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How state worker staffing hurts Connecticut

Once widely used, the now arcane term “featherbedding” describes perfectly the modus operandi of public sector unions in the state of Connecticut.

Webster’s dictionary defines featherbedding as “the requiring of an employer, usually under union rule or safety statute, to hire more employees than are needed or to limit production.” Wikipedia offers the same definition, elaborating that featherbedding involves “work procedures which appear pointless, complex and time-consuming merely to employ additional workers.”

A recent CT Mirror article on staffing in one of the state’s 15 prisons reported “According to figures provided by DOC [Department of Corrections], there were 139 corrections officers and supervisors for 78 inmates one day last month. That does not include medical or mental health staff assigned to the facility [Northern Correctional Institution].”

An isolated aberration? No.

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Dannel Malloy was unpopular, but his legacy is worse than you think

There’s a strange ongoing media fascination with former Democratic Gov. Dannel P. Malloy, including a Sept. 5 article “State employee OT is up, but salary costs are lower than a decade ago,” focusing upon his efforts to downsize the state labor force and negotiate wage concessions from state unions.

It’s a marvel that anyone is interested in someone who left office as the least-popular governor in the country.

But that’s the point. The recent article implies that Malloy’s unpopularity reflects an unfair assessment of his performance and that he deserves a resurrection. He doesn’t. He mismanaged the state labor force, achieving insignificant downsizing and perpetuating overgenerous wages.

Diversion, interception and conjury with state funds

First, it was diversion. Now it’s “interception.”

First, Gov. Ned Lamont diverted car sales tax revenue that his predecessor Democrat Dannel Malloy committed to the Special Transportation Fund (STF). Lamont’s diversion completely undermined public confidence in the “lockbox” that is supposed to protect transportation funds in the STF and destroyed any possibility for tolls.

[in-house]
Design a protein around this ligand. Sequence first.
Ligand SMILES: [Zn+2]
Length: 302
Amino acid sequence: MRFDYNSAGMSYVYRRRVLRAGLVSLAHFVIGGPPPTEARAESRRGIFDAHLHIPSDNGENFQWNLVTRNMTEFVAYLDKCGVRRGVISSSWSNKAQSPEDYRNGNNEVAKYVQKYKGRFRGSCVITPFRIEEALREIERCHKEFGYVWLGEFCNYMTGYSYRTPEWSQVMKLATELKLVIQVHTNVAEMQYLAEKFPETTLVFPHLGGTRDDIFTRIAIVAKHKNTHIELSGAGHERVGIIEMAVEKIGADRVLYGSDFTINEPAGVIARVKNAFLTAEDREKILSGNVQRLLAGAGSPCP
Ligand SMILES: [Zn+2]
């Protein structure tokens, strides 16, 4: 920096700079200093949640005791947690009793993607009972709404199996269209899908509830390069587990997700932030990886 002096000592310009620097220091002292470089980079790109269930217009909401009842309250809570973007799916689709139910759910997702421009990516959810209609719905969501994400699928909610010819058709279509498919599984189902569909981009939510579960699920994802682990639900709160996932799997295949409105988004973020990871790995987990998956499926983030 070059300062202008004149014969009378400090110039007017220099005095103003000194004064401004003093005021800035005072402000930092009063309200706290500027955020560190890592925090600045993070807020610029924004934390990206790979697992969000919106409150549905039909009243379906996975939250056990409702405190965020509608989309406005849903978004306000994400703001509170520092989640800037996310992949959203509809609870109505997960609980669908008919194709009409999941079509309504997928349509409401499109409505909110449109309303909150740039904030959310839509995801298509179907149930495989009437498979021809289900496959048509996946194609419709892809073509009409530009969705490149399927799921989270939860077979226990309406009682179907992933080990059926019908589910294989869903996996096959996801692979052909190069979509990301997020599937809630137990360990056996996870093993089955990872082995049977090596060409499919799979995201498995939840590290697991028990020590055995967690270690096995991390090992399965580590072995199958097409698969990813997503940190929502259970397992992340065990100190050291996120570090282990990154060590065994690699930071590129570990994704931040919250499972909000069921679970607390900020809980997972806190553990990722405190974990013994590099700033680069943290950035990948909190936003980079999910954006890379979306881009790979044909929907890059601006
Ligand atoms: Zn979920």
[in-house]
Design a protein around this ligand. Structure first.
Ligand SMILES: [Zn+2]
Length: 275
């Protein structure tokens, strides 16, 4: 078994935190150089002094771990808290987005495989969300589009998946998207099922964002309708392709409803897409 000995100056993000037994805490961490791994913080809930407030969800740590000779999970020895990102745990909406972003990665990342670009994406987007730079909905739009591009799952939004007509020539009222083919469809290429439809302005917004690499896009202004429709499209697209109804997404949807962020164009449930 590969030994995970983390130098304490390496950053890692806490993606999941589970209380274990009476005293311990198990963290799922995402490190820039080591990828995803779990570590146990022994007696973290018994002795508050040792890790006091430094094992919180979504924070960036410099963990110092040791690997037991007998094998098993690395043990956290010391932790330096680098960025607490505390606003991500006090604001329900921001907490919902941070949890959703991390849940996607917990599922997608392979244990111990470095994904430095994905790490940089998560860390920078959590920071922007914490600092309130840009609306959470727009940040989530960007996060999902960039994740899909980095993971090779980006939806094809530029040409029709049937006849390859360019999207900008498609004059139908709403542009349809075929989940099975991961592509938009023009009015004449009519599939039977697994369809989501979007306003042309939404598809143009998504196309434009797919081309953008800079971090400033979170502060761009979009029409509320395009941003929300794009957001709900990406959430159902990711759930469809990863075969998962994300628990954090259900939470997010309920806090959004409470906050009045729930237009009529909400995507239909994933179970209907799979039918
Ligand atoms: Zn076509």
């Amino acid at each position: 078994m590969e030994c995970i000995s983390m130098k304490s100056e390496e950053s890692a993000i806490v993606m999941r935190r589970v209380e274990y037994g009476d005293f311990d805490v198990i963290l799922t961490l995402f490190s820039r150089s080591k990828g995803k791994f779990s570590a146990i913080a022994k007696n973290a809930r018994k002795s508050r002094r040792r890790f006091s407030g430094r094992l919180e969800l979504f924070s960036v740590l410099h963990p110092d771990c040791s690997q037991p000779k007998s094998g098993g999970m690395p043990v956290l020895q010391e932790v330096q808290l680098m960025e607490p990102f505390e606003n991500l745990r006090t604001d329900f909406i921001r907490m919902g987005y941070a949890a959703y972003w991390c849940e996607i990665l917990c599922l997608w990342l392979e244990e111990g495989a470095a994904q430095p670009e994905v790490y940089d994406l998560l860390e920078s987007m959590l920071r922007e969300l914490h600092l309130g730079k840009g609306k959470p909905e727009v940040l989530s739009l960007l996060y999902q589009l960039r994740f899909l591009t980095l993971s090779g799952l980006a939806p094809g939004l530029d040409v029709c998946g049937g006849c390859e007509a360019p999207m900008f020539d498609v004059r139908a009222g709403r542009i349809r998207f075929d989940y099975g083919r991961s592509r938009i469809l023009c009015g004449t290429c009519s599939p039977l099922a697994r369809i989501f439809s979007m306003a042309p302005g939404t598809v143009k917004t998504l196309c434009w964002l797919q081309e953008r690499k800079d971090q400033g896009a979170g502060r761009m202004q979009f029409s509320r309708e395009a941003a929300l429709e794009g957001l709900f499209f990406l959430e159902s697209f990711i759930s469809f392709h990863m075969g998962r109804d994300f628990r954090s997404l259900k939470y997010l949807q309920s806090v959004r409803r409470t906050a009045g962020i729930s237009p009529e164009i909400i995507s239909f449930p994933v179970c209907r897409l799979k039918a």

At the very beginning of the budget process, Lamont announced that he would divert $1.2 billion of car sales taxes over five years, but, in face of a huge public outcry, he backed down, diverted only the $58 million in the current budget and promised not to divert funds from the STF in future budgets, Scout’s Honor.

Yet, now, we discover that Lamont is “intercepting” (diverting) revenue that is supposed to go into the General Fund and redirecting it to fund his off-budget, public-private partnership with billionaire Ray Dalio.

Single-use plastic bag ban could be costly for taxpayers

What if every smoker in Connecticut stopped smoking? What a boon to the health of the citizenry! However, the state would be out about $365 million in annual cigarette tax revenue.

Virtually the same thing just happened. The state’s largest retailers stopped offering disposable plastic check-out bags to customers Thursday, rather than begin paying Governor Lamont’s new 10-cent tax on each bag. The new state budget includes $55 million in plastic bag-tax revenue over the next two years. With the state’s retailers going cold turkey, that revenue is unlikely to materialize.

Driving holes through Gov. Lamont’s budget

Gov. Ned Lamont made much of delivering a budget on time this year. It may have been on time, but it wasn’t balanced, and still isn’t. And tolls wouldn’t balance future budgets, either.

Connecticut citizens may recall that Gov. Lamont promised hundreds of millions in current budgetary savings from a reduction of the state’s current contribution to the State Employees Retirement fund (SERS), without much mentioning that this entails even greater overall pension contributions over the 30-year span of amortization.